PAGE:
Feeling stressed is, for most people, an unpleasant situation to find yourself in. Stress is all about being under sustained, abnormal pressure and what’s interesting is that each person will have a different tolerance to pressure and stressors. Pressure comes from different facets of your life including, but not limited to:
An increase in the demands on your time
Significant changes to your life and/or routine
Arguments with your family, friends or colleagues
Oftentimes, these factors can have a cumulative effect with each stressor exacerbating others; you may encounter stressors building on top of and feeding off each other. These stressful situations may cause you to feel threatened or upset and your body may create a stress response; this can be in the form of a variety of physical symptoms, changes in your behaviour and the expression of more intense emotions.
Some common signs of stress include:
Regular feeling of anxiety or worry
Having trouble concentrating
Significant mood changes
Changes to your eating habits (more or less)
Changes to your sleeping pattern
Increased use of alcohol/tobacco/drugs
Problems with digestion
If you notice any of these symptoms and feel that they may be adversely affecting your life, health and wellbeing, then it can be a positive step if you are able to identify the potential cause(s) of stress in your life.
It is then useful if you are able to classify these causes into three buckets; those with a practical solution, those that will improve given time and those that, unfortunately, are not in your control to influence.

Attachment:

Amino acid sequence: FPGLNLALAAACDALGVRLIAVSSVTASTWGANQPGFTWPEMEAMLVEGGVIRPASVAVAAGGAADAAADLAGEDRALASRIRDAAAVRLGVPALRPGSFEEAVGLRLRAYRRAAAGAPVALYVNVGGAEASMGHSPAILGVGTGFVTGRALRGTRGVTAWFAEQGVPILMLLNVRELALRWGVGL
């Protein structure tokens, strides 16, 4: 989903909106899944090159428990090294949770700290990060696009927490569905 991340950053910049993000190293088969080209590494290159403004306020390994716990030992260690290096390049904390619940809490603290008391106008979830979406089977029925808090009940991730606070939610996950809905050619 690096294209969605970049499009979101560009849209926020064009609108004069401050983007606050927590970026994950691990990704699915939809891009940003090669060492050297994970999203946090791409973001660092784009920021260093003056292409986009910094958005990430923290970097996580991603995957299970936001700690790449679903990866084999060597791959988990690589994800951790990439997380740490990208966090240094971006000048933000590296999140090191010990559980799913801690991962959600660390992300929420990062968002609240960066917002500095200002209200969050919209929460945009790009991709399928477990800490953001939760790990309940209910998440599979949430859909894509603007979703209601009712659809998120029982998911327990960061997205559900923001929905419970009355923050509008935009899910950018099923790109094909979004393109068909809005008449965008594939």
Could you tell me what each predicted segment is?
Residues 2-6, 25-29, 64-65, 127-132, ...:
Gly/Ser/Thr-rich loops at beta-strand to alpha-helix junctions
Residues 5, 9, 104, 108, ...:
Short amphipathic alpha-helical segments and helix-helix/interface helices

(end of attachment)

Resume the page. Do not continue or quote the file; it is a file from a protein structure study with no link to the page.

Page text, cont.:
Without meaning to sound flippant, you should aim to stop worrying about the stressors in the second and third buckets and let them go. You could do this by trying mindfulness, refocusing or another worry management technique; see https://www.getselfhelp.co.uk/index.html for some helpful hints. You should aim instead to focus your time and energy on those in the first bucket.
There are some questions that you can reflect on that may make it easier to determine if stress is becoming intrusive. Ask yourself the following questions:
Are you taking on too many tasks/too much responsibility?
Are there some things you are doing that could be done by someone else?
Could you do things in a more relaxed manner?
If you answer yes to any of these questions, then you may need to think about assigning priority to the things you are trying to achieve and, ultimately, to restructure how you are living your life.
Some studies have shown that moderate levels of stress can sometimes be beneficial and can help you to perform better in difficult situations. However, stress has only been found to be favourable if it is temporary; extreme or sustained stress can contribute to both mental and physical ill health such as heart disease, lowered immunity levels, digestive problems, anxiety and depression, among others. It is therefore crucial that you are able to manage stress and keep it at a healthy level to avoid long-term harm to body and mind.